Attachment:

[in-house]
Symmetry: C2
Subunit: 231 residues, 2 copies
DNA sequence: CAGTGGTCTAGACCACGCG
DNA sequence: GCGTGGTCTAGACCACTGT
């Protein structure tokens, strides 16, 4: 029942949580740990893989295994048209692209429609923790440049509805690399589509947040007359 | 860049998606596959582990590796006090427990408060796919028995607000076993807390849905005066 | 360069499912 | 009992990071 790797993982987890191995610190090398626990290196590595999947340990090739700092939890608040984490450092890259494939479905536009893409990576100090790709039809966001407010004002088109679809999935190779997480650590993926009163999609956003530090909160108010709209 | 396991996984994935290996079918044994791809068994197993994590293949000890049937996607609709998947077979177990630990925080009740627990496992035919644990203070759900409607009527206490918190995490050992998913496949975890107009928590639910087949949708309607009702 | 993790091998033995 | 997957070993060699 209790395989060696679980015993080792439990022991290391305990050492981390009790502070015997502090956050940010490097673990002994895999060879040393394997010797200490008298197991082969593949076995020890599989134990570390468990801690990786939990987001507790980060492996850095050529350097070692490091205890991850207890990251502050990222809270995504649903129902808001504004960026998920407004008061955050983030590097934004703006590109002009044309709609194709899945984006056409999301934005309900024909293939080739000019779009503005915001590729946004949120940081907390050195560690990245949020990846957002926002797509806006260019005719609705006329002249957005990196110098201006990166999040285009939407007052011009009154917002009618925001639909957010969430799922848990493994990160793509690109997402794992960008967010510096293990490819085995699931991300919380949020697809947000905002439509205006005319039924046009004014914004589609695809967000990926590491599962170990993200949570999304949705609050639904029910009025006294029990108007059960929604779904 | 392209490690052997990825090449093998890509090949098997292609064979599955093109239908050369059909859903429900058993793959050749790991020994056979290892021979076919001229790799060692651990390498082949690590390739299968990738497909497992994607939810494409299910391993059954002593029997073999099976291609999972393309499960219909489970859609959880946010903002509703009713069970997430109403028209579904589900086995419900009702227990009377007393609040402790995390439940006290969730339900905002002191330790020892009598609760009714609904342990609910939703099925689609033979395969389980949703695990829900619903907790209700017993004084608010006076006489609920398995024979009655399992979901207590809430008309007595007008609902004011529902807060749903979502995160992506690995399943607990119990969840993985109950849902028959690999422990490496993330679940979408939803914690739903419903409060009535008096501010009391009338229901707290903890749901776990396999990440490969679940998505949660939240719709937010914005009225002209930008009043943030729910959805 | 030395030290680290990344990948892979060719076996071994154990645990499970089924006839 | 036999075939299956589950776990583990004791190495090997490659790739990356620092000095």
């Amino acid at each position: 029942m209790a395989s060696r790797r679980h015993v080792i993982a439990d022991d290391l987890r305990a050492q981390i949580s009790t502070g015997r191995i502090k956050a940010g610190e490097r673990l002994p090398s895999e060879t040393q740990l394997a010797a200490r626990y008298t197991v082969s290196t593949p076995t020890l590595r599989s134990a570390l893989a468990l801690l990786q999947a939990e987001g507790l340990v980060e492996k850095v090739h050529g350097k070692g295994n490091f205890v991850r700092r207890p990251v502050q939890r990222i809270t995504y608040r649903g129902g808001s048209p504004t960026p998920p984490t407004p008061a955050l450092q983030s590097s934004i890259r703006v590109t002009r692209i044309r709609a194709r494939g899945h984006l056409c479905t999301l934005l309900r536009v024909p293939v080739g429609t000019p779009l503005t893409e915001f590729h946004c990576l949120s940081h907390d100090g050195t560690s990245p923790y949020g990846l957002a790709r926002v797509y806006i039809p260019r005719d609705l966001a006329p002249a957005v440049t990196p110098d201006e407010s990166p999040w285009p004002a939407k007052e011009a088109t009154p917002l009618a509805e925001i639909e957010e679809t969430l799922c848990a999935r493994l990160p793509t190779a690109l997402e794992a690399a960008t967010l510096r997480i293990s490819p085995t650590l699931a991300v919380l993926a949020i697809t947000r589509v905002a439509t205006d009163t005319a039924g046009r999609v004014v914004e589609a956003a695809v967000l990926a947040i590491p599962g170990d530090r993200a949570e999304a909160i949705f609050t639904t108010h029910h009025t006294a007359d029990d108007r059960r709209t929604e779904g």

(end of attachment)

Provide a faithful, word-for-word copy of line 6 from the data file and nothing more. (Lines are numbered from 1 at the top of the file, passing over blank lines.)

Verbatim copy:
């Protein structure tokens, strides 16, 4: 029942949580740990893989295994048209692209429609923790440049509805690399589509947040007359 | 860049998606596959582990590796006090427990408060796919028995607000076993807390849905005066 | 360069499912 | 009992990071 790797993982987890191995610190090398626990290196590595999947340990090739700092939890608040984490450092890259494939479905536009893409990576100090790709039809966001407010004002088109679809999935190779997480650590993926009163999609956003530090909160108010709209 | 396991996984994935290996079918044994791809068994197993994590293949000890049937996607609709998947077979177990630990925080009740627990496992035919644990203070759900409607009527206490918190995490050992998913496949975890107009928590639910087949949708309607009702 | 993790091998033995 | 997957070993060699 209790395989060696679980015993080792439990022991290391305990050492981390009790502070015997502090956050940010490097673990002994895999060879040393394997010797200490008298197991082969593949076995020890599989134990570390468990801690990786939990987001507790980060492996850095050529350097070692490091205890991850207890990251502050990222809270995504649903129902808001504004960026998920407004008061955050983030590097934004703006590109002009044309709609194709899945984006056409999301934005309900024909293939080739000019779009503005915001590729946004949120940081907390050195560690990245949020990846957002926002797509806006260019005719609705006329002249957005990196110098201006990166999040285009939407007052011009009154917002009618925001639909957010969430799922848990493994990160793509690109997402794992960008967010510096293990490819085995699931991300919380949020697809947000905002439509205006005319039924046009004014914004589609695809967000990926590491599962170990993200949570999304949705609050639904029910009025006294029990108007059960929604779904 | 392209490690052997990825090449093998890509090949098997292609064979599955093109239908050369059909859903429900058993793959050749790991020994056979290892021979076919001229790799060692651990390498082949690590390739299968990738497909497992994607939810494409299910391993059954002593029997073999099976291609999972393309499960219909489970859609959880946010903002509703009713069970997430109403028209579904589900086995419900009702227990009377007393609040402790995390439940006290969730339900905002002191330790020892009598609760009714609904342990609910939703099925689609033979395969389980949703695990829900619903907790209700017993004084608010006076006489609920398995024979009655399992979901207590809430008309007595007008609902004011529902807060749903979502995160992506690995399943607990119990969840993985109950849902028959690999422990490496993330679940979408939803914690739903419903409060009535008096501010009391009338229901707290903890749901776990396999990440490969679940998505949660939240719709937010914005009225002209930008009043943030729910959805 | 030395030290680290990344990948892979060719076996071994154990645990499970089924006839 | 036999075939299956589950776990583990004791190495090997490659790739990356620092000095």